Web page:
What are intestinal ischemic syndromes?

Intestinal ischemic syndromes -- also called visceral or mesenteric ischemic syndromes -- occur when blood flow to the bowel or gastrointestinal system (intestines) is decreased because of a blood vessel blockage.

The three major abdominal blood vessels that may become blocked include the celiac artery, superior mesenteric artery or inferior mesenteric artery. Usually two or three of these arteries must be narrowed or blocked to cause intestinal ischemic syndromes.

What causes these syndromes?

In most cases, intestinal ischemic syndromes are caused by atherosclerosis (buildup of fatty matter and plaque on the blood vessel walls), leading to narrowing or blockage of the vessel. The conditions also can be caused by blood clots or aneurysms (an abnormal enlargement or bulging) in the vessels.

Are these conditions more common at a certain age?

Intestinal ischemic syndromes are more common after age 60 but can occur at any age.

Types of Intestinal Ischemic Syndromes

Intestinal ischemic syndromes can occur suddenly (acute) or over time (chronic).

Acute Mesenteric Ischemia: The arteries supplying oxygen-rich blood and nutrients to your intestines can become narrowed from atherosclerosis in the same way that coronary (heart) arteries become narrowed in heart disease. Mesenteric ischemia can develop if the narrowing or blockage become severe.

Another cause of acute mesenteric ischemia is a blood clot. If a blood clot forms or travels to the narrowed artery, the blood supply to the intestine is suddenly interrupted. The tissues below the blocked vessel will be starved for oxygen-rich blood and die. This event is a life-threatening condition.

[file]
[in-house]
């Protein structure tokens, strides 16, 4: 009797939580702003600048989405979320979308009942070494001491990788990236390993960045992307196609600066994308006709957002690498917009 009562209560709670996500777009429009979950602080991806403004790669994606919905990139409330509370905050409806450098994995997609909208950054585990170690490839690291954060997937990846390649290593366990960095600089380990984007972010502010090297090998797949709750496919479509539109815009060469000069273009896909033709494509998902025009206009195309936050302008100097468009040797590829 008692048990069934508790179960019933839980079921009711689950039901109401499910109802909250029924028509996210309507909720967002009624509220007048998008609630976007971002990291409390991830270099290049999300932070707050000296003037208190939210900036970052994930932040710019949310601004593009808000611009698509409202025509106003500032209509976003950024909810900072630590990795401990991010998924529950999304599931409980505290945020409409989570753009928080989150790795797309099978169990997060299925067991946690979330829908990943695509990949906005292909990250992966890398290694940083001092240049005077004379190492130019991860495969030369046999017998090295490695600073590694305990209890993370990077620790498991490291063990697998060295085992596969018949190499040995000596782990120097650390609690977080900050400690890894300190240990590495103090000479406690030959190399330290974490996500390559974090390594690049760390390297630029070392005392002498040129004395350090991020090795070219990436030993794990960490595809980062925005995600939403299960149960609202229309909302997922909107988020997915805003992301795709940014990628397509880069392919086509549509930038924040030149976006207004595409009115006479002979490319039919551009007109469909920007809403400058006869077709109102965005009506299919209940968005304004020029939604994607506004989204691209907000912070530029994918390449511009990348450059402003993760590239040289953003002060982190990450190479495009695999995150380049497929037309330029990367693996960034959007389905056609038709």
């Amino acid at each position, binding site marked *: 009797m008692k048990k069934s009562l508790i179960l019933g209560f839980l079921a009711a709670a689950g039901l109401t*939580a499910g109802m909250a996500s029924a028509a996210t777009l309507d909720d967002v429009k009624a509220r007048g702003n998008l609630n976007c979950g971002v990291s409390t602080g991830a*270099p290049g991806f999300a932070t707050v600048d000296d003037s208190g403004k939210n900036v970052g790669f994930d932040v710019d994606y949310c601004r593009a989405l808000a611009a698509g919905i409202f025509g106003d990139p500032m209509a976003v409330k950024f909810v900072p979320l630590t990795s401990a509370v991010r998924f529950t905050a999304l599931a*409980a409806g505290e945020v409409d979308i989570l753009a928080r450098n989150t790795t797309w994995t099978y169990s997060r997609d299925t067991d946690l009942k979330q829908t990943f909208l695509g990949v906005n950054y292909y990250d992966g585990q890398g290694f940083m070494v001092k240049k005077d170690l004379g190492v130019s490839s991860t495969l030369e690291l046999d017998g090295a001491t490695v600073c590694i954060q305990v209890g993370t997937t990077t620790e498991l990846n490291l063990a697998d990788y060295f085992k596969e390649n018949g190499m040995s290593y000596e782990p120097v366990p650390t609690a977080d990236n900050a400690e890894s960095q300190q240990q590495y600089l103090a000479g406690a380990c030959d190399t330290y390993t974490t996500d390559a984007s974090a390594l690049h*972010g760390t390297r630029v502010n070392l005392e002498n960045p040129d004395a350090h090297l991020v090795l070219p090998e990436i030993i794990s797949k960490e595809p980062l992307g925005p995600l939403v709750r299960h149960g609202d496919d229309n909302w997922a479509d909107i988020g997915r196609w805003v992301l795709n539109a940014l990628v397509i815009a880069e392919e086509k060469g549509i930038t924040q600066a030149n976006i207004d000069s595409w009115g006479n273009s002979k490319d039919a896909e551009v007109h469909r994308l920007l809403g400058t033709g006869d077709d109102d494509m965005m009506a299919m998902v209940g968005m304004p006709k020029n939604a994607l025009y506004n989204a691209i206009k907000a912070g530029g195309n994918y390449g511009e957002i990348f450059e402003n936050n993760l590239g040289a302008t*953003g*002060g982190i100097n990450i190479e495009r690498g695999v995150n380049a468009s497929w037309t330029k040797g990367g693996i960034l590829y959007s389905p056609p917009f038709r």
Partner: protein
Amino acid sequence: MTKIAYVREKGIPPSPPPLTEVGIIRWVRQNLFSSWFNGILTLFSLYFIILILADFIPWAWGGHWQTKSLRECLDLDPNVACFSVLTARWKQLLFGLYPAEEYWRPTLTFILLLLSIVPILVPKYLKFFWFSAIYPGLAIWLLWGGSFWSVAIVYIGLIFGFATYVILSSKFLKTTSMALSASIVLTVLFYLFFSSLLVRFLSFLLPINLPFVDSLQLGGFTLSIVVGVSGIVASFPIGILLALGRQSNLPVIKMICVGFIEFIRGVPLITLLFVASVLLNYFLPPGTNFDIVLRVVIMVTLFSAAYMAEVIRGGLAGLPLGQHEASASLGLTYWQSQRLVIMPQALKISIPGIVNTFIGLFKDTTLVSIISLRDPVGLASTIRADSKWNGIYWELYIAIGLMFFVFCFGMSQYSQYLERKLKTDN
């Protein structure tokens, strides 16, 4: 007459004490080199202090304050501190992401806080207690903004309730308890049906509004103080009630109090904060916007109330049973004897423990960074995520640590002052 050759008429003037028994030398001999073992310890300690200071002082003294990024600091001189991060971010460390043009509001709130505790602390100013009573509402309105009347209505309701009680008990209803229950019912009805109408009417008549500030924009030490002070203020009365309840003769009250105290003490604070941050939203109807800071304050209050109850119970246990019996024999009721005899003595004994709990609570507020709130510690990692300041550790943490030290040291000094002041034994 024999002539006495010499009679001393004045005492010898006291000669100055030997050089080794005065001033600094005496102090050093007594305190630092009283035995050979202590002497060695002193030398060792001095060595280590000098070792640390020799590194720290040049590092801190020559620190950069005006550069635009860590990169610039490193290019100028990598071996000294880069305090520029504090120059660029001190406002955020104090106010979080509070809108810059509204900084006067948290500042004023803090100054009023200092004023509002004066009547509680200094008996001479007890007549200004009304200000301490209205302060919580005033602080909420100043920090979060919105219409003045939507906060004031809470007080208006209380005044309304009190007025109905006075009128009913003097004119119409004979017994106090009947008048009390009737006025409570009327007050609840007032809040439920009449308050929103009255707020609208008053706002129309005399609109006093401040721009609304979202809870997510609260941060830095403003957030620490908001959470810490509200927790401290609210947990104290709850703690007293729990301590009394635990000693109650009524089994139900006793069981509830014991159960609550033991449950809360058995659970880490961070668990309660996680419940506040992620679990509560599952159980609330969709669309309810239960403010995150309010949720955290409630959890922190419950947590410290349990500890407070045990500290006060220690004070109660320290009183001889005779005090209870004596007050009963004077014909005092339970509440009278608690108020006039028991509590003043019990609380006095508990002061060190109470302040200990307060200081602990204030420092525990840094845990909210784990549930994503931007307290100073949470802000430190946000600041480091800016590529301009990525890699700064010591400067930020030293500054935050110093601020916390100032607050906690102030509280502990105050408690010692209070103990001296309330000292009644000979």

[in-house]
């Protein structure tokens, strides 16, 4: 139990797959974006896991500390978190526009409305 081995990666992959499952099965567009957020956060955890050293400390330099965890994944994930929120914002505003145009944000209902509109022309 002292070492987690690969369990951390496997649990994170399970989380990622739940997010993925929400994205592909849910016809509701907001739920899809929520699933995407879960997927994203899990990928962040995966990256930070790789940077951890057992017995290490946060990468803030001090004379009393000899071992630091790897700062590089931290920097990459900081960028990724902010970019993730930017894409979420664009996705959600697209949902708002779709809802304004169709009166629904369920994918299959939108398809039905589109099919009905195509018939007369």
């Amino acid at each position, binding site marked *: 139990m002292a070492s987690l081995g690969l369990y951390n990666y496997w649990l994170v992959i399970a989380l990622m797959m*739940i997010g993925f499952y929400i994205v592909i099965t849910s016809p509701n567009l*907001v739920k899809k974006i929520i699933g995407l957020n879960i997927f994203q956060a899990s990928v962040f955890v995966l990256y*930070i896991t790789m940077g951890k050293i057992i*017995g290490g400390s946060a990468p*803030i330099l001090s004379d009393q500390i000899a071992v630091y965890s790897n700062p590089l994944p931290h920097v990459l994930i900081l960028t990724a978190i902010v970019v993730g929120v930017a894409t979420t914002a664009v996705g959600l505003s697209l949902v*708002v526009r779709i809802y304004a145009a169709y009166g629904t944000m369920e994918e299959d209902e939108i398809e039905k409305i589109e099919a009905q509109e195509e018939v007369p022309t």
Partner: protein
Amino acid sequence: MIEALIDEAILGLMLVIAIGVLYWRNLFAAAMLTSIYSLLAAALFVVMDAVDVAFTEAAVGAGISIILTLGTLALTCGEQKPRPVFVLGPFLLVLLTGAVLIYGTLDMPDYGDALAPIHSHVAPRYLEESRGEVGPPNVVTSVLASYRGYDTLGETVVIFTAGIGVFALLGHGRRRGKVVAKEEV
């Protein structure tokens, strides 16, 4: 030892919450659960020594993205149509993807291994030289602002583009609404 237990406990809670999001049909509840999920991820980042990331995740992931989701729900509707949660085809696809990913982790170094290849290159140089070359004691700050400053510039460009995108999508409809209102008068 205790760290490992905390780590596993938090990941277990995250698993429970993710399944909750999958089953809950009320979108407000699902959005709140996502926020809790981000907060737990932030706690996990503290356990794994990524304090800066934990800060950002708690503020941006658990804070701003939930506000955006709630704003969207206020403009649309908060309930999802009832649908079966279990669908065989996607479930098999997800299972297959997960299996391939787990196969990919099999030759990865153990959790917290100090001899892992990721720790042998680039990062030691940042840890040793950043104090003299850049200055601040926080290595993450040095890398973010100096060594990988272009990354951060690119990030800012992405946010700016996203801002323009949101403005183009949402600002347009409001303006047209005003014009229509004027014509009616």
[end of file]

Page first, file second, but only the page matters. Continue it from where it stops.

Prompt diagnosis and treatment are necessary to save the patient’s intestine and life.


Early signs and symptoms of acute mesenteric ischemia include:

  • Severe abdominal pain, concentrated in one area of the abdomen
  • Nausea and/or vomiting
  • Bloody stools
  • History of chronic atrial fibrillation or cardiovascular disease


An arteriogram is used to diagnosis acute mesenteric ischemia. An arteriogram is an invasive test of the blood vessels in which dye is injected and x-ray pictures are obtained.

Abdominal computed tomography (CT) scans and chest X-rays, as well as other tests, may be performed first to rule out other conditions that may have similar symptoms, such as a bowel obstruction.


Emergency surgery may be performed to remove the blood clot (embolectomy) or bypass the blocked vessel and restore blood flow to the intestines. The surgeon may use autologous bypass grafts (patient’s own blood vessels) or artificial grafts. In some cases, the surgeon may need to remove a portion of the intestine if tissue death has occurred.

Another option is the use of a “clot busting” medication. With the aid of an arteriogram, a clot- busting medication may be injected to break up the clot in the artery.

Cleveland Clinic is a non-profit academic medical center. Advertising on our site helps support our mission. We do not endorse non-Cleveland Clinic products or services. Policy